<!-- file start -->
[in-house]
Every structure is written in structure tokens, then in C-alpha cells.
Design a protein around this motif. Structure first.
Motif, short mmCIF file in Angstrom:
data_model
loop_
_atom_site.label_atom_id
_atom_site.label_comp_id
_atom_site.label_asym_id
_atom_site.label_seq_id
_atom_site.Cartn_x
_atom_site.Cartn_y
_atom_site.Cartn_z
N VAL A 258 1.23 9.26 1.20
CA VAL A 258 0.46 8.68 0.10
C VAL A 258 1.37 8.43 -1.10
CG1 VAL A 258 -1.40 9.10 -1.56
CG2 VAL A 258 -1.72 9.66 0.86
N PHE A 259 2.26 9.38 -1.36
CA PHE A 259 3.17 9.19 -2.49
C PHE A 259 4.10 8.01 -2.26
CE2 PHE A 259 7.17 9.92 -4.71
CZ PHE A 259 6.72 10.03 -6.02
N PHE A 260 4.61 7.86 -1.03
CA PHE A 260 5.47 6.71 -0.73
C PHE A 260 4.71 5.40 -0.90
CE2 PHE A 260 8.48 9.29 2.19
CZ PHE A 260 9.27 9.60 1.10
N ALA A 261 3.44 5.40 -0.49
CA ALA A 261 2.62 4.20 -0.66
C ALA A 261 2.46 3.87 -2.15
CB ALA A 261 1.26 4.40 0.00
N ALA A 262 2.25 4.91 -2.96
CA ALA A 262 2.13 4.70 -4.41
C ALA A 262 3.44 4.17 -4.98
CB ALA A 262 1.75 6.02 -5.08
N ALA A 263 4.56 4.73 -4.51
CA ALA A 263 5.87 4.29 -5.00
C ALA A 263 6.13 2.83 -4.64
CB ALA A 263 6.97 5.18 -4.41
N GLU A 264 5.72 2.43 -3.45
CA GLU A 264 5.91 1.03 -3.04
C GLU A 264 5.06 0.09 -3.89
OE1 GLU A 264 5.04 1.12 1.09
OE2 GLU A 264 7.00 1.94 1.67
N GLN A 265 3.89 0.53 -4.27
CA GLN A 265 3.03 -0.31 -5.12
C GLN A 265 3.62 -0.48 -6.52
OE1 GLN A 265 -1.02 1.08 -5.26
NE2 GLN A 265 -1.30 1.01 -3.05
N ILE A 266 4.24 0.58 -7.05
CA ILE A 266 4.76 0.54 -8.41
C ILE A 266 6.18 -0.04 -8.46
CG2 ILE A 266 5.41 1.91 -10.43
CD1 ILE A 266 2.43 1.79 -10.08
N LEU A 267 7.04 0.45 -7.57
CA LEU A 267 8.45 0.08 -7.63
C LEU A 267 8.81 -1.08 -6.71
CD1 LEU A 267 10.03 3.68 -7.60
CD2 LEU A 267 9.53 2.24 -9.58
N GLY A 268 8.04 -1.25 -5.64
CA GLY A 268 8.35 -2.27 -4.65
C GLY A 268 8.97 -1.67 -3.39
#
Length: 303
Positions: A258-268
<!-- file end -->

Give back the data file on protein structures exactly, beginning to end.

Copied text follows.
[in-house]
Every structure is written in structure tokens, then in C-alpha cells.
Design a protein around this motif. Structure first.
Motif, short mmCIF file in Angstrom:
data_model
loop_
_atom_site.label_atom_id
_atom_site.label_comp_id
_atom_site.label_asym_id
_atom_site.label_seq_id
_atom_site.Cartn_x
_atom_site.Cartn_y
_atom_site.Cartn_z
N VAL A 258 1.23 9.26 1.20
CA VAL A 258 0.46 8.68 0.10
C VAL A 258 1.37 8.43 -1.10
CG1 VAL A 258 -1.40 9.10 -1.56
CG2 VAL A 258 -1.72 9.66 0.86
N PHE A 259 2.26 9.38 -1.36
CA PHE A 259 3.17 9.19 -2.49
C PHE A 259 4.10 8.01 -2.26
CE2 PHE A 259 7.17 9.92 -4.71
CZ PHE A 259 6.72 10.03 -6.02
N PHE A 260 4.61 7.86 -1.03
CA PHE A 260 5.47 6.71 -0.73
C PHE A 260 4.71 5.40 -0.90
CE2 PHE A 260 8.48 9.29 2.19
CZ PHE A 260 9.27 9.60 1.10
N ALA A 261 3.44 5.40 -0.49
CA ALA A 261 2.62 4.20 -0.66
C ALA A 261 2.46 3.87 -2.15
CB ALA A 261 1.26 4.40 0.00
N ALA A 262 2.25 4.91 -2.96
CA ALA A 262 2.13 4.70 -4.41
C ALA A 262 3.44 4.17 -4.98
CB ALA A 262 1.75 6.02 -5.08
N ALA A 263 4.56 4.73 -4.51
CA ALA A 263 5.87 4.29 -5.00
C ALA A 263 6.13 2.83 -4.64
CB ALA A 263 6.97 5.18 -4.41
N GLU A 264 5.72 2.43 -3.45
CA GLU A 264 5.91 1.03 -3.04
C GLU A 264 5.06 0.09 -3.89
OE1 GLU A 264 5.04 1.12 1.09
OE2 GLU A 264 7.00 1.94 1.67
N GLN A 265 3.89 0.53 -4.27
CA GLN A 265 3.03 -0.31 -5.12
C GLN A 265 3.62 -0.48 -6.52
OE1 GLN A 265 -1.02 1.08 -5.26
NE2 GLN A 265 -1.30 1.01 -3.05
N ILE A 266 4.24 0.58 -7.05
CA ILE A 266 4.76 0.54 -8.41
C ILE A 266 6.18 -0.04 -8.46
CG2 ILE A 266 5.41 1.91 -10.43
CD1 ILE A 266 2.43 1.79 -10.08
N LEU A 267 7.04 0.45 -7.57
CA LEU A 267 8.45 0.08 -7.63
C LEU A 267 8.81 -1.08 -6.71
CD1 LEU A 267 10.03 3.68 -7.60
CD2 LEU A 267 9.53 2.24 -9.58
N GLY A 268 8.04 -1.25 -5.64
CA GLY A 268 8.35 -2.27 -4.65
C GLY A 268 8.97 -1.67 -3.39
#
Length: 303
Positions: A258-268